Tupac: Live at the House of Blues (2010) Blu-ray Review: Tupac and Snoop Back in ‘96

Tupac: Live at the House of Blues was recorded in 1996 just months before Tupac was fatally shot and killed. The live performance captured here showcases him at the height of his fame and he is definitely the star of this show even though he was not the headliner that night as Snoop Dogg and his Dogg Pound get the majority of the stage/screen time.  

Buy Tupac: Live at the House of Blues CD

Tupac opens the show. He comes skipping out and launches into his set, which includes “Troublesome,” “Hit ‘Em Up,” andHow Do You Want Itfeaturing K-Ci & JoJo. As usual, Pac works up the crowd, and himself, so by the set’s end, he’s shirtless and driving the ladies crazy with his muscles and that crazy smile of his. Pac’s deep, dark vocals and lyrics are peppered with jabs at his East Coast rivals. Lest we forget that 1996 was also the height of that whole West Side/East Coast feud. One can totally hear and feel the tension of that rivalry between the Death Row Records crew and Biggie (the Notorious B.I.G.) and Bad Boy Records lads as Pac mentions them negatively numerous times in his 25-minute set before he gives the stage over to Snoop and Tha Dogg Pound. 

Snoop saunters out easy and laid back compared to Tupac, starting off the remainder of the concert (and the rest of the film’s 91 minute runtime) with “Murder Was the Case” before the scantily clad dancers come out for a couple of songs followed by the appearance of Nate Dogg and the hit “Ain’t No Fun (If the Homies Can’t Have None).” Snoop’s set also includesDoggfather,” the title track from his then forthcoming album, along with the classics “Who Am I (What’s My Name) and “Gin and Juice.” Tupac is called back out to join Snoop and crew to close the night with “2 of Amerikaz Most Wantedand Pac continues to make more negative remarks about Biggie in a closing rant. One can clearly see that Tupac is fired up and the dominant personality wandering that stage.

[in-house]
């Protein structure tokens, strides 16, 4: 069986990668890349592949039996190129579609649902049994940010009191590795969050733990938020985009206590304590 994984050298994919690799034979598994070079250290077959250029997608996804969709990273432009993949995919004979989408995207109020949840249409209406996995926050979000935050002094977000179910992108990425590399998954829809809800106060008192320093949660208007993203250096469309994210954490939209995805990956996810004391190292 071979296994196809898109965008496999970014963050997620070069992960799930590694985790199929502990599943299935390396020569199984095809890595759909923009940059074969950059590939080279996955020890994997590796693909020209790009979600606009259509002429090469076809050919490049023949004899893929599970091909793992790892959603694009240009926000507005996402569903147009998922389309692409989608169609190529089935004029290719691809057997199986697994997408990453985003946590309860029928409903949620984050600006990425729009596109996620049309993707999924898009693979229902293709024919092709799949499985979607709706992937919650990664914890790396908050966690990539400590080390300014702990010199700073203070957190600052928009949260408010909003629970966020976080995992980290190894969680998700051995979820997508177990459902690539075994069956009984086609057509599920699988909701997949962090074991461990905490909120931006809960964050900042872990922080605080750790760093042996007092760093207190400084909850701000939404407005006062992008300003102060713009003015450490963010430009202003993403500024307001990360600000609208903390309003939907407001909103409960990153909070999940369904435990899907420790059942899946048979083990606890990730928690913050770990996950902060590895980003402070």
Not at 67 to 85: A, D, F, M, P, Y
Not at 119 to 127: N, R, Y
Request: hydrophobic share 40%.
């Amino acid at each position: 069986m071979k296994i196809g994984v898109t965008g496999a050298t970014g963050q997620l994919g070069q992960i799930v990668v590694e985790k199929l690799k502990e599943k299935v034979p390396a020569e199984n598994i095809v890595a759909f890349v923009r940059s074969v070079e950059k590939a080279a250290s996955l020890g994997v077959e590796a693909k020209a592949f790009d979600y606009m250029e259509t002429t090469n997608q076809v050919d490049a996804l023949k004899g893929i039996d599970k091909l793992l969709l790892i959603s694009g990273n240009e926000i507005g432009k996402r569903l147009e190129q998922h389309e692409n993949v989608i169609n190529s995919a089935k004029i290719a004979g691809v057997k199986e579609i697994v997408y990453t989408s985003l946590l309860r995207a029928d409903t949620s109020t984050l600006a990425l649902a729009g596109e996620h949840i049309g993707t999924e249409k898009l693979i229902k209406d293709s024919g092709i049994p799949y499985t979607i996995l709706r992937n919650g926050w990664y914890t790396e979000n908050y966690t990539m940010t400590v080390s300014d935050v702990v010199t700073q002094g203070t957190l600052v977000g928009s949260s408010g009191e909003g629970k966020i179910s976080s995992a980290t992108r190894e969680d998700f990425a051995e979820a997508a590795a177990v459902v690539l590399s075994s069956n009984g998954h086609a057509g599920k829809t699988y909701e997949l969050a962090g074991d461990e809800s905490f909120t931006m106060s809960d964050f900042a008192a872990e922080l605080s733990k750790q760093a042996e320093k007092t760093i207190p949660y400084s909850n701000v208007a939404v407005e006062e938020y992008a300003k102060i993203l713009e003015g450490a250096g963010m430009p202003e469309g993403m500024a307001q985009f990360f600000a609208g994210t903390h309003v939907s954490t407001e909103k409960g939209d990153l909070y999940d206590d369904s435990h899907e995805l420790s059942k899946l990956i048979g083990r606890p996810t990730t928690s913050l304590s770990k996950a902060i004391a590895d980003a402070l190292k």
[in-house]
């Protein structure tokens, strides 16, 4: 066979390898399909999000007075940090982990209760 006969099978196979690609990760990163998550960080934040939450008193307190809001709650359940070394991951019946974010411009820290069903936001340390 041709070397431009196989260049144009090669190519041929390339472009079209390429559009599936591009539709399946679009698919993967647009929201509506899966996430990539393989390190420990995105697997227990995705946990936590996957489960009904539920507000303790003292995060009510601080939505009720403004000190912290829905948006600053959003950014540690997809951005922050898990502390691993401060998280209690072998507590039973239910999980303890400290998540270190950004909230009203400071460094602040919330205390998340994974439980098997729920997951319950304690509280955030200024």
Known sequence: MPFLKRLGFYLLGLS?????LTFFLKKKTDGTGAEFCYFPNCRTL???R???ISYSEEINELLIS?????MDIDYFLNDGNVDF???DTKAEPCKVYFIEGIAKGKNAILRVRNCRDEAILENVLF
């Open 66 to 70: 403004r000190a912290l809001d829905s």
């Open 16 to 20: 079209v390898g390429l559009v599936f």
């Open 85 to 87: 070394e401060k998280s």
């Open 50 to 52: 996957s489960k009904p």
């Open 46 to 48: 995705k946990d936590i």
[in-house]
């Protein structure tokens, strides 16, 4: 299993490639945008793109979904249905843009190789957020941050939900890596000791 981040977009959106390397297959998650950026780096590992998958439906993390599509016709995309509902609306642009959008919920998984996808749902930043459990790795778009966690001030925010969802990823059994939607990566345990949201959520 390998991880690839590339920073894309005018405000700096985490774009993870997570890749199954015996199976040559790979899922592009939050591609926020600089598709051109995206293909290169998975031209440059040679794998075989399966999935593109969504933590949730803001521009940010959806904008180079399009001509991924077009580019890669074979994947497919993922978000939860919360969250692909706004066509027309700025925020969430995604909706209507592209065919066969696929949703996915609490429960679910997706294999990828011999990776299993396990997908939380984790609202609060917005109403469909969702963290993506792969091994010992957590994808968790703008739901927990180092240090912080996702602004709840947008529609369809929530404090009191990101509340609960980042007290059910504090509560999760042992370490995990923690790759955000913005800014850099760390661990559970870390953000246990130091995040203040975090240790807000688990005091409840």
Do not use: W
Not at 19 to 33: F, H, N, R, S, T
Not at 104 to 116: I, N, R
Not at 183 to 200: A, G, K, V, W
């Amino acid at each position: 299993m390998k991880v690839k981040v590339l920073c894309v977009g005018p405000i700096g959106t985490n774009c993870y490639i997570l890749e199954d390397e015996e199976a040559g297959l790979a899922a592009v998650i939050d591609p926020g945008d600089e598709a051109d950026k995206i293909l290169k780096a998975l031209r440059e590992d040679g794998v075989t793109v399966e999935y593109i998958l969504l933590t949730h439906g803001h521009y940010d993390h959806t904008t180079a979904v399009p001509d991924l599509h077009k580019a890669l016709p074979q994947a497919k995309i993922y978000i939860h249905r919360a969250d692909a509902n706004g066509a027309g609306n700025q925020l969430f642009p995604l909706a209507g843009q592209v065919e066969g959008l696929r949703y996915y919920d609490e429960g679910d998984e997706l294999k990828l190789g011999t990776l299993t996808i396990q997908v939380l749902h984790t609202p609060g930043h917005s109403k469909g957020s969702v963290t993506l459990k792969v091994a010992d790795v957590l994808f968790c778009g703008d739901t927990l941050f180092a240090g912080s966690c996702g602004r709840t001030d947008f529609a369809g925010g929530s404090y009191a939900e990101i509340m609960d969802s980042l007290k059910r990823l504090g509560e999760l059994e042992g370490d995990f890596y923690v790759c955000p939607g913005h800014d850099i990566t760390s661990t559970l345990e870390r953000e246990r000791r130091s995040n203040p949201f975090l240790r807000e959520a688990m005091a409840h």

The whole crew was on point this night. Snoop and Pac make a good team and their different lyrical styles, flow, and energy levels make a good contrast while taking absolutely nothing away from the overall show. Another major contrast is the sound of the two sets. Tupac doesn’t have his own DJ, his beats are pre-recorded as he raps over them live, which pushes his voice out front and the beats are very subdued, but Pac’s high energy is what highlights this performance. Snoop’s set on the other hand has his boy, DJ Pooh, to lay down beats and the sound is more pronounced and clear.

Bonus features are five music videos (27 min.) that include “California Love” (Remix), so not the Mad Max version we’re all used to; “To Live and Die in LA;” “Hit ‘em Up, How Do You Want It” (Concert version) where we see clips of actual Tupac shows; andI Ain’t Mad at Cha,” which features a young Bokeen Woodbine. In these videos we see Tupac’s charisma in full effect as he shines in front of the camera showing off his acting chops and flashing that mischievous smile. The Blu-ray also includes a little four-page booklet with a concise look at Tupac’s life written by journalist/hip hop historian Kevin Powell. It’s a very good recap of Pac’s career from dancing with Digital Underground to the fatal shootout that took his life. 

Tupac: Live at the House of Blues was most certainly released to capitalize on the untimely death of Tupac as the majority of the concert is a Snoop Dogg show. It does however totally capture Tupac in top form, giving a sample of what a show of his own would be like. One is left to wonder what could have been if he (both sides really) had toned down the hostilities and lived life a little less thuggish? But then again, if Tupac had done that, would the rap world still revere him as much as they do today? And how would that have affected Pac’s image of himself, which included all that fire he had raging inside him? It may be time for this performance to be re-released with some real bells and whistles, maybe a few interviews? Perhaps a 30-year anniversary will appear in the coming years. One can hope. 

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Joe Garcia III

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